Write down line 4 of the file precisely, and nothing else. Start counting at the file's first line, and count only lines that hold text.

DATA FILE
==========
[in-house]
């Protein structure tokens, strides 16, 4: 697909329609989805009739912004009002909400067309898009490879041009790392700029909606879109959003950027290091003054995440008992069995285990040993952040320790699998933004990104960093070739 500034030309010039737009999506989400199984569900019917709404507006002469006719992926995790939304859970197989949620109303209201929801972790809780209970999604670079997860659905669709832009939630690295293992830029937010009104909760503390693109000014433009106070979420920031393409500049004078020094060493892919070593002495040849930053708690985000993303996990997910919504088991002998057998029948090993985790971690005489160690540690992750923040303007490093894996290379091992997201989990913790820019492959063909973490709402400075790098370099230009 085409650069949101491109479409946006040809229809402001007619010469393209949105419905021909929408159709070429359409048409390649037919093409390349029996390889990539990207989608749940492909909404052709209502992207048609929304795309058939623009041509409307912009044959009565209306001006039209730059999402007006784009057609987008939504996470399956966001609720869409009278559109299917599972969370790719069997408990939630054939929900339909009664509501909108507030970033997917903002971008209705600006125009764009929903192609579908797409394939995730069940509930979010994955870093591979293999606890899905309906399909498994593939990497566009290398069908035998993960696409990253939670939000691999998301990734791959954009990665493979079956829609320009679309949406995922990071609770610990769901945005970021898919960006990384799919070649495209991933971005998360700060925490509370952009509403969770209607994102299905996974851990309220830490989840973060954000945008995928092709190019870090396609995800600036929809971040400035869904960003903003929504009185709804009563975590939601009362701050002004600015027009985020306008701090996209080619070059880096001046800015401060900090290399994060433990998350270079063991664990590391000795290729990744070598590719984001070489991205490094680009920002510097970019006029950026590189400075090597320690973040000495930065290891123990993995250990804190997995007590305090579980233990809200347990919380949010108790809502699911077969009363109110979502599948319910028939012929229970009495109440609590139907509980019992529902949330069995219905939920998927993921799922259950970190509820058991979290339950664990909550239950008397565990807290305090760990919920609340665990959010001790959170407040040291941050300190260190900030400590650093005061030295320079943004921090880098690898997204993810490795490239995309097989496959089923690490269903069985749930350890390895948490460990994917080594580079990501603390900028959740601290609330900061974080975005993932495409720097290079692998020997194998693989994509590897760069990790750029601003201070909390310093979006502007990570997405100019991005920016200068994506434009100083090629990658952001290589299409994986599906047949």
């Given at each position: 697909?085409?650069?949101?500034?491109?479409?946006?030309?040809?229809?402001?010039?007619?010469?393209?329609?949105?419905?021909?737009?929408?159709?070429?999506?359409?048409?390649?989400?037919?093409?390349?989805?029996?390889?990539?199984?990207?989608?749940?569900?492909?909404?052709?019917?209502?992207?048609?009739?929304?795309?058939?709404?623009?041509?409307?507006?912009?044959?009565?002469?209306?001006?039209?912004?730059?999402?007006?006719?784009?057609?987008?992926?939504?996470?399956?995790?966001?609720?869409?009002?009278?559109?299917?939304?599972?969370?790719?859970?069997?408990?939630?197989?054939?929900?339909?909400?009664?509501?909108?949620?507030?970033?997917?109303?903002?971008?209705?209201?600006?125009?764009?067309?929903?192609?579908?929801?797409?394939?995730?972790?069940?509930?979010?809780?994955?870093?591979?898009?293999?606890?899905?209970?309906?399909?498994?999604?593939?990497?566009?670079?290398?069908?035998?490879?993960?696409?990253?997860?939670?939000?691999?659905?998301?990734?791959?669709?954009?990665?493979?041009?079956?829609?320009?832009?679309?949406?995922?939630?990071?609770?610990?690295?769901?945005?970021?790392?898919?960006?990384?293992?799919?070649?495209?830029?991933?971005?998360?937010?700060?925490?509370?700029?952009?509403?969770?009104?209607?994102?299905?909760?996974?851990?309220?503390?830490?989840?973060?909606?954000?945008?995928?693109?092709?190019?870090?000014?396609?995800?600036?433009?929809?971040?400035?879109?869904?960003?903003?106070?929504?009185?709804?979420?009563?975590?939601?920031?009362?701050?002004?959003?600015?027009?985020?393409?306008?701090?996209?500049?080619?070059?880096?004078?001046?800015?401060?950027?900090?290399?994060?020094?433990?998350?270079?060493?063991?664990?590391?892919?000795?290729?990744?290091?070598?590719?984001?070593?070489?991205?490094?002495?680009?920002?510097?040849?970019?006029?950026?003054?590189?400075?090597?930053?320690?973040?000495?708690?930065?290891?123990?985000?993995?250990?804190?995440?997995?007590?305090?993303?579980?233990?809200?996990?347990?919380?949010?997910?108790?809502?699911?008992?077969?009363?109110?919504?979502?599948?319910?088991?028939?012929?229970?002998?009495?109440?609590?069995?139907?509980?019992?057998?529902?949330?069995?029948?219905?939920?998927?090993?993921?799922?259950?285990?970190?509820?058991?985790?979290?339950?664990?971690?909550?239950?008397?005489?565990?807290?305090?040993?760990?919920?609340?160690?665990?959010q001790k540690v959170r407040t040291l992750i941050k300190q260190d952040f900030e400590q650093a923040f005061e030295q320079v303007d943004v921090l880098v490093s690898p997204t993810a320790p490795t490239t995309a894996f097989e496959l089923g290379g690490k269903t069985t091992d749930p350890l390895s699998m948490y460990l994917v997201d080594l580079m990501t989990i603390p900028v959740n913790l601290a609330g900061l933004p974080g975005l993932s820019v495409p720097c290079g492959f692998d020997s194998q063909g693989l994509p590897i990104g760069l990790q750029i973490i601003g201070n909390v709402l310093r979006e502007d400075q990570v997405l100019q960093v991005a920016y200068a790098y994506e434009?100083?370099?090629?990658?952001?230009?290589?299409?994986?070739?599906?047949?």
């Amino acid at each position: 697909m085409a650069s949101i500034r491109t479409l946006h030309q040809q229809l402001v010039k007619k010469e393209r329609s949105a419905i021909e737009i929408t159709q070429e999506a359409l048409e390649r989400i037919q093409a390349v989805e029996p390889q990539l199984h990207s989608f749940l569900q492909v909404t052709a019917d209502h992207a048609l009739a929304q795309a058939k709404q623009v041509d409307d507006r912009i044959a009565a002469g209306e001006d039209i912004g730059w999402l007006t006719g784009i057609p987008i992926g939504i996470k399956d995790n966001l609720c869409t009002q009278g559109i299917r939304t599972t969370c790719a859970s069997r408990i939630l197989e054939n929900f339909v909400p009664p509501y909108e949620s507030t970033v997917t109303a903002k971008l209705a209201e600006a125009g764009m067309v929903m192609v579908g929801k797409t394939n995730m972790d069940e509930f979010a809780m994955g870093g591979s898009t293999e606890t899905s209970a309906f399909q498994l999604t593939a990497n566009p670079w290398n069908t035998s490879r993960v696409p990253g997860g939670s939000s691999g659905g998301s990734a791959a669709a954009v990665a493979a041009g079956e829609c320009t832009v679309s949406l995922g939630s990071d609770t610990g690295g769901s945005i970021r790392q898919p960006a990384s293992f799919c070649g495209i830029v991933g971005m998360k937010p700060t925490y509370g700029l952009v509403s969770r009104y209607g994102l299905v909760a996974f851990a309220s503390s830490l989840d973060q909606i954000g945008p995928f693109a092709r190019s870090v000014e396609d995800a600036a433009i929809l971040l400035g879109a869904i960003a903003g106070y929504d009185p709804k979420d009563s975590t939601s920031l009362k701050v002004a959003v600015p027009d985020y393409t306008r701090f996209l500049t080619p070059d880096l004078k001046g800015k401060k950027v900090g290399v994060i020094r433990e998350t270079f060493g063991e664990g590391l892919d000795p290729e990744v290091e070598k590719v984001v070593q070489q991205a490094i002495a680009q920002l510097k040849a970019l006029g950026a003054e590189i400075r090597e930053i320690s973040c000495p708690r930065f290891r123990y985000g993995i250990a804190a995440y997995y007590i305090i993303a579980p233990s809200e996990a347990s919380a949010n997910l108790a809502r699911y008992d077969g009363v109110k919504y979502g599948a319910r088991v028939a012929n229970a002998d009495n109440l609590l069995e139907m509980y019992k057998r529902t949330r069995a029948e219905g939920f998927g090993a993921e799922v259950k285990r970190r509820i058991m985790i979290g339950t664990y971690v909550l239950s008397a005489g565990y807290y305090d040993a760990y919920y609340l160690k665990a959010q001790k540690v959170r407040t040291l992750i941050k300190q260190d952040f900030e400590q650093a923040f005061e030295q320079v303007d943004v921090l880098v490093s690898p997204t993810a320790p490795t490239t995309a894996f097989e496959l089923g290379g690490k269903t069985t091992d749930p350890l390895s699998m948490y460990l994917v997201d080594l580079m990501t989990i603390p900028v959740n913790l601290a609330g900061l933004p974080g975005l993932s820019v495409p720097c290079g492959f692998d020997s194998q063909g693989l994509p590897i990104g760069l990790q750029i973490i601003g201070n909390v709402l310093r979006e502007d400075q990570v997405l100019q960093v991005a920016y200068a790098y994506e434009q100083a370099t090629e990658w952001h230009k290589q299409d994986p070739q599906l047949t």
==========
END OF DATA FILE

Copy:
């Amino acid at each position: 697909m085409a650069s949101i500034r491109t479409l946006h030309q040809q229809l402001v010039k007619k010469e393209r329609s949105a419905i021909e737009i929408t159709q070429e999506a359409l048409e390649r989400i037919q093409a390349v989805e029996p390889q990539l199984h990207s989608f749940l569900q492909v909404t052709a019917d209502h992207a048609l009739a929304q795309a058939k709404q623009v041509d409307d507006r912009i044959a009565a002469g209306e001006d039209i912004g730059w999402l007006t006719g784009i057609p987008i992926g939504i996470k399956d995790n966001l609720c869409t009002q009278g559109i299917r939304t599972t969370c790719a859970s069997r408990i939630l197989e054939n929900f339909v909400p009664p509501y909108e949620s507030t970033v997917t109303a903002k971008l209705a209201e600006a125009g764009m067309v929903m192609v579908g929801k797409t394939n995730m972790d069940e509930f979010a809780m994955g870093g591979s898009t293999e606890t899905s209970a309906f399909q498994l999604t593939a990497n566009p670079w290398n069908t035998s490879r993960v696409p990253g997860g939670s939000s691999g659905g998301s990734a791959a669709a954009v990665a493979a041009g079956e829609c320009t832009v679309s949406l995922g939630s990071d609770t610990g690295g769901s945005i970021r790392q898919p960006a990384s293992f799919c070649g495209i830029v991933g971005m998360k937010p700060t925490y509370g700029l952009v509403s969770r009104y209607g994102l299905v909760a996974f851990a309220s503390s830490l989840d973060q909606i954000g945008p995928f693109a092709r190019s870090v000014e396609d995800a600036a433009i929809l971040l400035g879109a869904i960003a903003g106070y929504d009185p709804k979420d009563s975590t939601s920031l009362k701050v002004a959003v600015p027009d985020y393409t306008r701090f996209l500049t080619p070059d880096l004078k001046g800015k401060k950027v900090g290399v994060i020094r433990e998350t270079f060493g063991e664990g590391l892919d000795p290729e990744v290091e070598k590719v984001v070593q070489q991205a490094i002495a680009q920002l510097k040849a970019l006029g950026a003054e590189i400075r090597e930053i320690s973040c000495p708690r930065f290891r123990y985000g993995i250990a804190a995440y997995y007590i305090i993303a579980p233990s809200e996990a347990s919380a949010n997910l108790a809502r699911y008992d077969g009363v109110k919504y979502g599948a319910r088991v028939a012929n229970a002998d009495n109440l609590l069995e139907m509980y019992k057998r529902t949330r069995a029948e219905g939920f998927g090993a993921e799922v259950k285990r970190r509820i058991m985790i979290g339950t664990y971690v909550l239950s008397a005489g565990y807290y305090d040993a760990y919920y609340l160690k665990a959010q001790k540690v959170r407040t040291l992750i941050k300190q260190d952040f900030e400590q650093a923040f005061e030295q320079v303007d943004v921090l880098v490093s690898p997204t993810a320790p490795t490239t995309a894996f097989e496959l089923g290379g690490k269903t069985t091992d749930p350890l390895s699998m948490y460990l994917v997201d080594l580079m990501t989990i603390p900028v959740n913790l601290a609330g900061l933004p974080g975005l993932s820019v495409p720097c290079g492959f692998d020997s194998q063909g693989l994509p590897i990104g760069l990790q750029i973490i601003g201070n909390v709402l310093r979006e502007d400075q990570v997405l100019q960093v991005a920016y200068a790098y994506e434009q100083a370099t090629e990658w952001h230009k290589q299409d994986p070739q599906l047949t």